O’Farrell’s Snoopy depicts a brilliant fighter pilot as he sits atop the extra large red dog house-turned-plane. His arms shake as if he is in fact steering a vibrating, high-powered aircraft as he battles the Red Baron.
Sally’s rendition of “My New Philosophy” is made especially sweet by soprano Whitney Hammond, who played the character Thursday night (the part is double cast with McKenna Kollman).
Sally clenches her fists and hunches her shoulders when angry – clearly depicting a 5-year-old having a fit.
“I’m mad at everything in the whole world!” she yells in one scene.
Lucy van Pelt, played Thursday by Tarnin Bybee (the part is double cast with Ali Giordano) performs the loud, obnoxious role to a T. She stomps, declares herself queen, steals Linus’ blanket, mercilessly teases Charlie Brown and lingers over Schroeder’s piano.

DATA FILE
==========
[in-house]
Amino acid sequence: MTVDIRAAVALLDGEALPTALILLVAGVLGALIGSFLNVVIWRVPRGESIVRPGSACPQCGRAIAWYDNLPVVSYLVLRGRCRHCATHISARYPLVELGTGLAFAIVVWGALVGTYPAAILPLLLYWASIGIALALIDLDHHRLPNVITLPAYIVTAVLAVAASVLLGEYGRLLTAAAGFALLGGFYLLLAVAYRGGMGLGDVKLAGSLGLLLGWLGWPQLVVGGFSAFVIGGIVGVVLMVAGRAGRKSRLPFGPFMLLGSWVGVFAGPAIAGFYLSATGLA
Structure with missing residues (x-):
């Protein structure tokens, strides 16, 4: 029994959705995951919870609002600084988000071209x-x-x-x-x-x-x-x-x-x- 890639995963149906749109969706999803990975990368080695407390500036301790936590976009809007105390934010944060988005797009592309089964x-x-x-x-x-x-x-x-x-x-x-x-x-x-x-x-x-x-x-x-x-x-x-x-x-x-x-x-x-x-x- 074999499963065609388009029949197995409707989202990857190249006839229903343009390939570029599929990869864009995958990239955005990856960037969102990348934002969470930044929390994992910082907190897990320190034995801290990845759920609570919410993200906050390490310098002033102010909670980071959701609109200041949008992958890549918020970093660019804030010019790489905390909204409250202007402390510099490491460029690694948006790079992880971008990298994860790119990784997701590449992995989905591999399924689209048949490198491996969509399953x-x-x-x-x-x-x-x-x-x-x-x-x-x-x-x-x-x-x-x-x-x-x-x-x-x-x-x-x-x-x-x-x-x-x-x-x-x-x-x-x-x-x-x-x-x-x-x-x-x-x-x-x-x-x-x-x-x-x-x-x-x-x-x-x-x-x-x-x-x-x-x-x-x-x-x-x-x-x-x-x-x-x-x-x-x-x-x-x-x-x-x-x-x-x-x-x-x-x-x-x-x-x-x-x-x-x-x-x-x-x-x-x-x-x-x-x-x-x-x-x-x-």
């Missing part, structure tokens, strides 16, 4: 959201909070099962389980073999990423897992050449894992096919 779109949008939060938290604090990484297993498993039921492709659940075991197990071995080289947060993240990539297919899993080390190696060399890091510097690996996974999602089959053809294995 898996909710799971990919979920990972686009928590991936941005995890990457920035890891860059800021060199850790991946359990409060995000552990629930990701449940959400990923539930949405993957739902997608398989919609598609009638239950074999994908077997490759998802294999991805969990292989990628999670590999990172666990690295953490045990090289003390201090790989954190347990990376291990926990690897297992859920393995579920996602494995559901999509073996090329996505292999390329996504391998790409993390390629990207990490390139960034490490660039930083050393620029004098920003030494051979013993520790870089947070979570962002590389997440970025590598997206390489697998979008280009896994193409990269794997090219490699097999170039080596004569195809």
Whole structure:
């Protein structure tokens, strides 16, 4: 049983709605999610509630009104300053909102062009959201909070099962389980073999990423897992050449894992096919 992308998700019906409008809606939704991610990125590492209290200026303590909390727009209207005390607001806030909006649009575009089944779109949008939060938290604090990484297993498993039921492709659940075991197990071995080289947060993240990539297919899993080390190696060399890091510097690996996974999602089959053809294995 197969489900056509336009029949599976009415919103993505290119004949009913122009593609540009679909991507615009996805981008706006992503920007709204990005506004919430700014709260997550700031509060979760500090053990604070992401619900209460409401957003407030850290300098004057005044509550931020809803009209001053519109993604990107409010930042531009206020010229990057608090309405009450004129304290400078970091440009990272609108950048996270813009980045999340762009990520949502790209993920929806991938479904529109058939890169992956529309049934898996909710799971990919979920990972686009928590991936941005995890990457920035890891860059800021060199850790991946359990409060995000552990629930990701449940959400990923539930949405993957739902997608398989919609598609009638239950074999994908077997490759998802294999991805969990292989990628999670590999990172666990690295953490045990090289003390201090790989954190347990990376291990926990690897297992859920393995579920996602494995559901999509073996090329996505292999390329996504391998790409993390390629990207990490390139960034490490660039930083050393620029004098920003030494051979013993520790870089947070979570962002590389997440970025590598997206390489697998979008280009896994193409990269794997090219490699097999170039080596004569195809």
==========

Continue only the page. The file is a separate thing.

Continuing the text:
At one point, she takes a survey – of herself.
“First of all I’d like to ask: On a scale of zero to one hundred, using a standard of 50 as average, 75 as above average and 90 as exceptional, where would you rate me with regards to crabbiness?”
The Peanuts characters, wearing over-sized hats and giant foam gloves, are also a baseball team – and Charlie Brown is the pitcher.
“All right, Charlie Brown, we’re all behind you — sort of!” Lucy says.
Trustin Adams, who played Schroeder on Thursday night (the part is double cast with Christian Bradford) dyed his hair bright yellow and curled it for the role.
He scowls at Lucy’s questions, and when he plays the piano, his neck burrows between his shoulders and his hands rise up as he forcefully plays.